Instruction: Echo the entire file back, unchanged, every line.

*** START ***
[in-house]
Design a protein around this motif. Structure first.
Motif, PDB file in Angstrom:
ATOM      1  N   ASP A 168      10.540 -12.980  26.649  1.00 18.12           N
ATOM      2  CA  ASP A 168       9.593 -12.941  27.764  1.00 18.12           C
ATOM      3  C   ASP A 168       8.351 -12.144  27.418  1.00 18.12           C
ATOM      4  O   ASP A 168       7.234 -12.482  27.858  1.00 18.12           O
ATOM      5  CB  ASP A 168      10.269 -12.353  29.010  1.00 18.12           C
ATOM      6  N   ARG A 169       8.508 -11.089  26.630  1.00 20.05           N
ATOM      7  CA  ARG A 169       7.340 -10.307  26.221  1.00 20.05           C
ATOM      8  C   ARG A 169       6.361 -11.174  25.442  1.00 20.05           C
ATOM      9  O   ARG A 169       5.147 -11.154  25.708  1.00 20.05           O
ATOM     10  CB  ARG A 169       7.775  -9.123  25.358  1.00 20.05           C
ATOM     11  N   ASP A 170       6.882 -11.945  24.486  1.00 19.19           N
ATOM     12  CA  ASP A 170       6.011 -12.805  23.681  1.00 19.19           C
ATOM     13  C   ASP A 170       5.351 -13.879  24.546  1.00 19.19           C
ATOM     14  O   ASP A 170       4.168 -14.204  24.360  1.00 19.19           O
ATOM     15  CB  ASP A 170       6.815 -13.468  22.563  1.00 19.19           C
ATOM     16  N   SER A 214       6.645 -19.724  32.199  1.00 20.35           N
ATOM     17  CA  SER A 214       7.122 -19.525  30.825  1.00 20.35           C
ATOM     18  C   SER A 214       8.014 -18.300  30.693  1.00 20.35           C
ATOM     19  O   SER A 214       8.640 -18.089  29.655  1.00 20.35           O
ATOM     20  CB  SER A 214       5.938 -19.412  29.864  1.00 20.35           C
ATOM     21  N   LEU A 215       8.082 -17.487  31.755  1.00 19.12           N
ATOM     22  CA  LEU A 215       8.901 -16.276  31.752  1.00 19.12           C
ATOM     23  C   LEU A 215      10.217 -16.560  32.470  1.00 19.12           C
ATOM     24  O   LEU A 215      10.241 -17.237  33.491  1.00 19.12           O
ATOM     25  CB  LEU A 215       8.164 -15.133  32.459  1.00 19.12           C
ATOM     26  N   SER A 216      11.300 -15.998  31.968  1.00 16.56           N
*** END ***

[in-house]
Design a protein around this motif. Structure first.
Motif, PDB file in Angstrom:
ATOM      1  N   ASP A 168      10.540 -12.980  26.649  1.00 18.12           N
ATOM      2  CA  ASP A 168       9.593 -12.941  27.764  1.00 18.12           C
ATOM      3  C   ASP A 168       8.351 -12.144  27.418  1.00 18.12           C
ATOM      4  O   ASP A 168       7.234 -12.482  27.858  1.00 18.12           O
ATOM      5  CB  ASP A 168      10.269 -12.353  29.010  1.00 18.12           C
ATOM      6  N   ARG A 169       8.508 -11.089  26.630  1.00 20.05           N
ATOM      7  CA  ARG A 169       7.340 -10.307  26.221  1.00 20.05           C
ATOM      8  C   ARG A 169       6.361 -11.174  25.442  1.00 20.05           C
ATOM      9  O   ARG A 169       5.147 -11.154  25.708  1.00 20.05           O
ATOM     10  CB  ARG A 169       7.775  -9.123  25.358  1.00 20.05           C
ATOM     11  N   ASP A 170       6.882 -11.945  24.486  1.00 19.19           N
ATOM     12  CA  ASP A 170       6.011 -12.805  23.681  1.00 19.19           C
ATOM     13  C   ASP A 170       5.351 -13.879  24.546  1.00 19.19           C
ATOM     14  O   ASP A 170       4.168 -14.204  24.360  1.00 19.19           O
ATOM     15  CB  ASP A 170       6.815 -13.468  22.563  1.00 19.19           C
ATOM     16  N   SER A 214       6.645 -19.724  32.199  1.00 20.35           N
ATOM     17  CA  SER A 214       7.122 -19.525  30.825  1.00 20.35           C
ATOM     18  C   SER A 214       8.014 -18.300  30.693  1.00 20.35           C
ATOM     19  O   SER A 214       8.640 -18.089  29.655  1.00 20.35           O
ATOM     20  CB  SER A 214       5.938 -19.412  29.864  1.00 20.35           C
ATOM     21  N   LEU A 215       8.082 -17.487  31.755  1.00 19.12           N
ATOM     22  CA  LEU A 215       8.901 -16.276  31.752  1.00 19.12           C
ATOM     23  C   LEU A 215      10.217 -16.560  32.470  1.00 19.12           C
ATOM     24  O   LEU A 215      10.241 -17.237  33.491  1.00 19.12           O
ATOM     25  CB  LEU A 215       8.164 -15.133  32.459  1.00 19.12           C
ATOM     26  N   SER A 216      11.300 -15.998  31.968  1.00 16.56           N